Alsatians: The Middle Child of a Centuries Old Territorial Dispute
What happens when you have a chunk of land that changes ownership four times over the course of three quarters of a century? Just look to Alsace, France, a region of political, linguistic, and cultural ambiguity.
Alsace is located on the eastern border dividing France and Germany. The people of this region have been known to resist the cultures of their respective rulers, be it Germany or France depending on at which point in history we are discussing. Due to a seemingly endless back and forth between nations dating back to the 17th century, Alsatians nowadays submit to neither French nor Germanic allegiance. Instead, they are labeled a region within the Republic of France with a culture and language that is an amalgamation the two.
Although they were technically within French territory during World War 2, Hitler considered Alsatians to be ethnically German. Consequently they were recruited to join the Nazi party, which has since left them cast out from French society.
For the generations that followed Alsatians have struggled to distance themselves from their Nazi ties while preserving their cultural and linguistic German roots, simultaneously striving to integrate themselves into French industries. It has been no easy feat, as German and Alsatian dialects were outlawed in public and the people stood out ethnically next to their French neighbors.
Furthermore, independent of the cultural and ethnic historical conflict, the industries of the region suffered from the overpowering influence of globalization. Alsace is rich in textile and iron, but it is neighbors with Switzerland, Belgium, and the Netherlands, all of which are nations that produce the same materials as the small enterprises in Alsace, except on a global scale.
Nowadays, the saving grace for Alsatian people has been their bilingualism. Alsace has become a political hotspot because the region’s capital, Strasbourg, is the home of over twenty different international European institutions, including the European Parliament and the Council of Europe. It has been described as being one of the most crucial territories in all of the European Union, and is considered by many to be the cultural capital of the continent.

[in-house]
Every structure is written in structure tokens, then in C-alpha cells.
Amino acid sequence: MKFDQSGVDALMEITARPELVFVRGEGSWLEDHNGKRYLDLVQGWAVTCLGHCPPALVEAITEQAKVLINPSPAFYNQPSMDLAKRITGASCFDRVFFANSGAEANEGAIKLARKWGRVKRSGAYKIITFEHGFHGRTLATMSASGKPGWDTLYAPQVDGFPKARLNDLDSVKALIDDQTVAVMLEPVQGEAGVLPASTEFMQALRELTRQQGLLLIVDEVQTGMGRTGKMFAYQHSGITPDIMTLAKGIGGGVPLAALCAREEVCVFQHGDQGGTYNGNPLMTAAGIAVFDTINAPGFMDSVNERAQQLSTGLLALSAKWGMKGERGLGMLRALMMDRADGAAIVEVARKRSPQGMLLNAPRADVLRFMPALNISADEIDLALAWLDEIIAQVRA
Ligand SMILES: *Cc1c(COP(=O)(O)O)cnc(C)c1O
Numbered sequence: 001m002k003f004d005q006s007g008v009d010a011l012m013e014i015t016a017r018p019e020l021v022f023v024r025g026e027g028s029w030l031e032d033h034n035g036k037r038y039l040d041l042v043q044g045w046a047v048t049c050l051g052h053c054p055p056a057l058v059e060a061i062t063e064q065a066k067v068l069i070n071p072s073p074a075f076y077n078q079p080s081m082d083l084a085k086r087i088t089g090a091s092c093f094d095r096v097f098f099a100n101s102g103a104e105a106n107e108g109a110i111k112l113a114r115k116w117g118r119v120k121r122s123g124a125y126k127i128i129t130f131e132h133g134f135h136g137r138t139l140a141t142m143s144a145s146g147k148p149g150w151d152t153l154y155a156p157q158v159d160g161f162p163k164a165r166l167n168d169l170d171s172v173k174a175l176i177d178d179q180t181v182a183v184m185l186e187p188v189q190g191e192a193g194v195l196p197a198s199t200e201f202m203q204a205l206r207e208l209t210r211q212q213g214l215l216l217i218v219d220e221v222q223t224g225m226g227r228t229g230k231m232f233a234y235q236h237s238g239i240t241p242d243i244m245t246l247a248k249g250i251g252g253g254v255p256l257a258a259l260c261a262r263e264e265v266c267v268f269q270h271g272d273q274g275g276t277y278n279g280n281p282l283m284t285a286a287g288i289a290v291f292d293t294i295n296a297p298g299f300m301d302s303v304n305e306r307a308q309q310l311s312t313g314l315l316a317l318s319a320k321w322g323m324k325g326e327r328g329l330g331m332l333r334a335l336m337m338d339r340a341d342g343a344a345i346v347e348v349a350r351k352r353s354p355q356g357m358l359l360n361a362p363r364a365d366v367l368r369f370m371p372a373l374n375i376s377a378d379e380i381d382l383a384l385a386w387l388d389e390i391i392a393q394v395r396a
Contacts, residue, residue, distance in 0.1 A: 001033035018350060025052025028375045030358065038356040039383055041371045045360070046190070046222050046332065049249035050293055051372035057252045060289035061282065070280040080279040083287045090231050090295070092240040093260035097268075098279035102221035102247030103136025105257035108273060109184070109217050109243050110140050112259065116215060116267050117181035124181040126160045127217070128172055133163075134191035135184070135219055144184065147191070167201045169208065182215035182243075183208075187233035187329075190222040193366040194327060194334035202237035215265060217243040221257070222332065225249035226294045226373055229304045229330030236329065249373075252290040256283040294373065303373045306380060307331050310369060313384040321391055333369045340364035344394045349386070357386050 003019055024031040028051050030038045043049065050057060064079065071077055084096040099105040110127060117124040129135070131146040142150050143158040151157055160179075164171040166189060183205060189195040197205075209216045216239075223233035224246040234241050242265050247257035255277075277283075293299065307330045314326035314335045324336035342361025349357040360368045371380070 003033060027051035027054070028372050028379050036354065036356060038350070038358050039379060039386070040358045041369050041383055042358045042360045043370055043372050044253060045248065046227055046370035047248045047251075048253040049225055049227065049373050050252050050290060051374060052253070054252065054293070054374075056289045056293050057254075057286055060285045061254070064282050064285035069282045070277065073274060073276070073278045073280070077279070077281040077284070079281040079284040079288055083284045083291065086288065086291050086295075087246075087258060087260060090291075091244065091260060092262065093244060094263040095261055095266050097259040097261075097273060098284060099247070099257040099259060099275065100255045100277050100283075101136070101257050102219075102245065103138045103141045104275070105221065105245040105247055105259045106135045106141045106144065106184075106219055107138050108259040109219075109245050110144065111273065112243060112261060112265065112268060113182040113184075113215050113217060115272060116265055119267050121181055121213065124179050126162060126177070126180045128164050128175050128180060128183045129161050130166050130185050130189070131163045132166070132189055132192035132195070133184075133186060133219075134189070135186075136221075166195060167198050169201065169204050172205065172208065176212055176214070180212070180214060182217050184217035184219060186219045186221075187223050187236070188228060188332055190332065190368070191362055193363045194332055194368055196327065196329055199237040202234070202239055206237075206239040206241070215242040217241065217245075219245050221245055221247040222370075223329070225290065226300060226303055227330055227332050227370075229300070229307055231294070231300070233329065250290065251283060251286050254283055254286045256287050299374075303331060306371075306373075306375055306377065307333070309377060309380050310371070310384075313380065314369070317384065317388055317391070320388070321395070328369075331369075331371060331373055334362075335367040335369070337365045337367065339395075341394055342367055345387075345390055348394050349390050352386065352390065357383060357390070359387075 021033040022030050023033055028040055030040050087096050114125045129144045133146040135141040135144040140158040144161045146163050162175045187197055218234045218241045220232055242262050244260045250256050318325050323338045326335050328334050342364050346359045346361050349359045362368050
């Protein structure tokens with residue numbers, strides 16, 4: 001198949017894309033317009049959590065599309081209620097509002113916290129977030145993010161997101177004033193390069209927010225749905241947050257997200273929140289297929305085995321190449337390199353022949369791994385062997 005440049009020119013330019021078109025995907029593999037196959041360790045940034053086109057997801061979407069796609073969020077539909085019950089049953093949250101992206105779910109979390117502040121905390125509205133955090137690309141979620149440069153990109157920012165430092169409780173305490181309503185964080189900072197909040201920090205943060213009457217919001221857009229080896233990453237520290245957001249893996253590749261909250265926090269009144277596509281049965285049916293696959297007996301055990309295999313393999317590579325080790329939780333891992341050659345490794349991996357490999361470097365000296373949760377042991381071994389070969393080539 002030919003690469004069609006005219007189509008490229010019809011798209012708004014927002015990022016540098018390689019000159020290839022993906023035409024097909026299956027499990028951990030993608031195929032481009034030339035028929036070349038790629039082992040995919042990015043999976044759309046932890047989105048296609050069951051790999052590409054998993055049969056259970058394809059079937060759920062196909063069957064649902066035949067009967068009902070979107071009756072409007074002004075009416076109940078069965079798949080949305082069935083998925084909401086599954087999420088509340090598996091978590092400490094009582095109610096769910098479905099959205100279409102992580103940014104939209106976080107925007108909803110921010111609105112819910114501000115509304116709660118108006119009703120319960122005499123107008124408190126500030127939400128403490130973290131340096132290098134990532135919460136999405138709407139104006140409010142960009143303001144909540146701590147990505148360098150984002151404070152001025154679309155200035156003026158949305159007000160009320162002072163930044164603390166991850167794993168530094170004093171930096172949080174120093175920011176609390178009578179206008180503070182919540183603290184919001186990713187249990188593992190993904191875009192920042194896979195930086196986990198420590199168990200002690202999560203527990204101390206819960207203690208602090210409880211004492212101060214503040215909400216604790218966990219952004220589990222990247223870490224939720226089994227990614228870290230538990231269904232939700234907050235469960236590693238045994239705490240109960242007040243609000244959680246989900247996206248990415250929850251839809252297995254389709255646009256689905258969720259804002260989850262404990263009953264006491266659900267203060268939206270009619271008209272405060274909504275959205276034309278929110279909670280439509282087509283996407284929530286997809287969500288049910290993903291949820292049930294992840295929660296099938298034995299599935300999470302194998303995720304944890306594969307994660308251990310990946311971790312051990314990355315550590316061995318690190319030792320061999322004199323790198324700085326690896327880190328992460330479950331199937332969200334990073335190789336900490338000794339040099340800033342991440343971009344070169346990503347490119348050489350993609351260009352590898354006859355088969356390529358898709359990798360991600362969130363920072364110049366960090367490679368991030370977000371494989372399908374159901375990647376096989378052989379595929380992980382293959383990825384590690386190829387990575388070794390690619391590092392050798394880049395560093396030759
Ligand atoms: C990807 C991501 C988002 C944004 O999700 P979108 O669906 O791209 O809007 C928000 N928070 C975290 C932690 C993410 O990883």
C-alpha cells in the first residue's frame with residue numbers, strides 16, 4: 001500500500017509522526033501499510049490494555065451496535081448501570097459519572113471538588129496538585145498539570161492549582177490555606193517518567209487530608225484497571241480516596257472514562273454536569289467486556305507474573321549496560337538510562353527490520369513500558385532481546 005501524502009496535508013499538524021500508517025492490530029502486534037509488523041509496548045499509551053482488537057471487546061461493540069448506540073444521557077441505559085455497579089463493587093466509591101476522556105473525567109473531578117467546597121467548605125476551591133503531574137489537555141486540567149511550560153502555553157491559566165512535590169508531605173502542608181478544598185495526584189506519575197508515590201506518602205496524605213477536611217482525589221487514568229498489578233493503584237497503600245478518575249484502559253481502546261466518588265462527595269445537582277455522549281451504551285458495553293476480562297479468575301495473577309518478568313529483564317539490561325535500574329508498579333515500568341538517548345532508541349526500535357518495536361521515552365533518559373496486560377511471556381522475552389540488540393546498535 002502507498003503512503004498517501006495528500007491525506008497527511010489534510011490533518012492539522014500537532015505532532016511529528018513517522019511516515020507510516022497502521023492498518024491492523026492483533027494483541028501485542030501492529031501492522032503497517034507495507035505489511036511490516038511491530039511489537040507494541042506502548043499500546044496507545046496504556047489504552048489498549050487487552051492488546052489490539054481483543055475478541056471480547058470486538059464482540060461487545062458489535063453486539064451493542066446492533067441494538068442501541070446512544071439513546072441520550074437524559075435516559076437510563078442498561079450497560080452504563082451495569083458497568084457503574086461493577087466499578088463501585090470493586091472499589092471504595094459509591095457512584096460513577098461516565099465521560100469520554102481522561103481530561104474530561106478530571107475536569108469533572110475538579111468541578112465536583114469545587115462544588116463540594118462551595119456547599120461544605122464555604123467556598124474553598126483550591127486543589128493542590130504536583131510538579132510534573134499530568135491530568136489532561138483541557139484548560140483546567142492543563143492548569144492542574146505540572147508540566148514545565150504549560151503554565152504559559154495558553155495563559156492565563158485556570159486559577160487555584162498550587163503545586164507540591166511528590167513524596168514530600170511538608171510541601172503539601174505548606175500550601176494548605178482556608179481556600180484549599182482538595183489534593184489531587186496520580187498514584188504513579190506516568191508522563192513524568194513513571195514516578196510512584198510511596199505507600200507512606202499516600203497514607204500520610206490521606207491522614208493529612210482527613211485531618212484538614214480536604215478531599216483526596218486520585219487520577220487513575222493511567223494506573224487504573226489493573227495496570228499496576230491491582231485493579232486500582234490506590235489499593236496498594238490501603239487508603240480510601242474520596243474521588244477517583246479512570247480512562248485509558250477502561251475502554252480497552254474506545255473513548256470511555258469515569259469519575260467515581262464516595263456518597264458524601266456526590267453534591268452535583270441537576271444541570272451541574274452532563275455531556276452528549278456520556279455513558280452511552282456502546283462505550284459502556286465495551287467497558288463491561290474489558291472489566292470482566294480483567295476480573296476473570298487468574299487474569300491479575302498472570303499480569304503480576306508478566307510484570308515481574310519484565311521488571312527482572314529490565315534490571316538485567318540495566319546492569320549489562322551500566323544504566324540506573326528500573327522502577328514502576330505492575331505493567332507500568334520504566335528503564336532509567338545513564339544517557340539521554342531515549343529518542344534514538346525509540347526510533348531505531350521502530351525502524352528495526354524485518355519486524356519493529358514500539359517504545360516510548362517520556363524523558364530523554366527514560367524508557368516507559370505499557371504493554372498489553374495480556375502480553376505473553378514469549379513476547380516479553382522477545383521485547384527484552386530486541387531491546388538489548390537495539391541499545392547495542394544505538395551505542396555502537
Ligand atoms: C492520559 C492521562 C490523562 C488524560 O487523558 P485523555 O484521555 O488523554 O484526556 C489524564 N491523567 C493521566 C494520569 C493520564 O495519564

Many French have moved there from other parts of the country, causing language integration to become a necessity for locals. As a result, virtually all Alsatians can speak bothFrench andGerman. Indeed, as the smaller industrial enterprises decline, international jobs requiring employees with bilingualism on their résumés remains strong.
Today, the region enjoys a cultural matrimony of the two countries. The newer buildings are of French architecture and the older ones are German. Two of its most famous dishes are baeckeoffe and tarte flambée. Baeckeoffe is a medley of potatoes, onions, beef, and pork, which is archetypal German cuisine. Tarte flambée is a quiche-esque bread and cheese based dish, one of the most common meals throughout France.
It is known as much for its French wine as it is its German beer. Walk down the street and you will find as many German restaurants, as you will French, plus a fair share of fusions of the two. The language has evolved into a medley of Upper German, Swiss German, and French. It is one of the most beautiful cities in the country of France, and is a worthwhile place to visit for anyone interested in traveling Europe.
Interested in hearing just what the Alsatian dialect sounds like? Check out this video of an interviewer asking questions in Dutch and receiving answers in Alsatian.
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